Because email is an important channel for tickets, the user experience in email applications such as Gmail matters for both end users and agents. End users can carry out entire ticket conversations using their email application; agents routinely get ticket notifications in their email application—for example, when a ticket has been assigned to them.
Simplified email threading improves the way that email messages appear to your end users and agents in modern email applications such as Gmail. It removes redundant messages to make conversations easier to follow and more productive for both end users and agents.
This article covers the following topics:
Understanding the end user experience
This section shows an example of how a ticket email thread may appear to your end users after you implement simplified email threading.
Suppose an end user submits a support request using Gmail and the agent replies by adding a comment to the ticket in Zendesk. In the original experience, the end user receives an email notifying them that their support request has been updated. The message not only shows the agent's reply, but it also repeats the user's original message as a threaded comment with the agent's reply.
The simplified email threading experience is more conversational. The same interaction looks as follows in the end user's email application:
The difference is more noticeable when the end user adds a second comment and the agent replies to it. In the simplified email threading experience, the interaction looks like a normal conversation in the end user's email application:
The same interaction looks as follows with the original email threading experience:
In the original email threading experience, each subsequent message in the conversation repeats the full thread of the conversation to that point.
Including only the comment in each message allows the end user to better use the native threading capabilities of their email application. In long email threads in Gmail for example, only the first message and the last two messages are shown with an option to expand the thread. Example:
If an agent adds a user as a CC in a long conversation, the message shows the comment along with the three most recent public comments to give the newly added user some context of the conversation:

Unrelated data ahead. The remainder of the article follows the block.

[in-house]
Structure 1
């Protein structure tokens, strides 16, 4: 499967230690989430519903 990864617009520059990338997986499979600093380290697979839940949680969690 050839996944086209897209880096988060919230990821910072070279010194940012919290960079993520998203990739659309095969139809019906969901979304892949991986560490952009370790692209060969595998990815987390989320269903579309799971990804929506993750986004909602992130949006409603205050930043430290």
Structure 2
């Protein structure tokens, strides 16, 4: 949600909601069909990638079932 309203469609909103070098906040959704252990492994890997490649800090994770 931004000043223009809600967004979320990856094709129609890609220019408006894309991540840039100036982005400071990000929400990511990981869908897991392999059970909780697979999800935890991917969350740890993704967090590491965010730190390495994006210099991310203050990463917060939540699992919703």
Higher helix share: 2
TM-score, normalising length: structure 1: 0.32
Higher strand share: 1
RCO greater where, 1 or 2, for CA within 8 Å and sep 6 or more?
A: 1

Zendesk also sends the message history as a quoted reply with each message. The quoted reply is usually collapsed in the user's email application, but the user can expand it. In Gmail, for example, the user clicks the ellipsis (…). In the unlikely event that Zendesk can't pull the entire message history to populate the quoted reply, a snapshot of the last three messages in the ticket is sent to provide context on the thread history.
Understanding the agent experience
Although agents work mostly in the Zendesk agent interface, agents routinely get ticket notifications in their email applications—for example, when a ticket has been assigned to them. In the simplified threading experience, email notifications sent to an agent include more information about the ticket, including metadata the end user does not have access to.
As in the end-user experience, each message sent to an agent only includes the comment made by a user or agent, not the complete email thread to that point. However, in the agent's case, the message also includes a ticket info card with key information about the ticket as well as a button the agent can click to view the ticket in Support:
Internal notes and warnings can also appear. In the screenshot below, agent Jenny Kim hasn’t been included in the ticket, but has permission to view it and leave comments. She left an internal note for her fellow agents, which is indicated above her comment. Because she had not been added to the ticket before commenting, a warning appears at the top of the comment letting agents know her status.
For comparison, here's a similar message in the original email experience: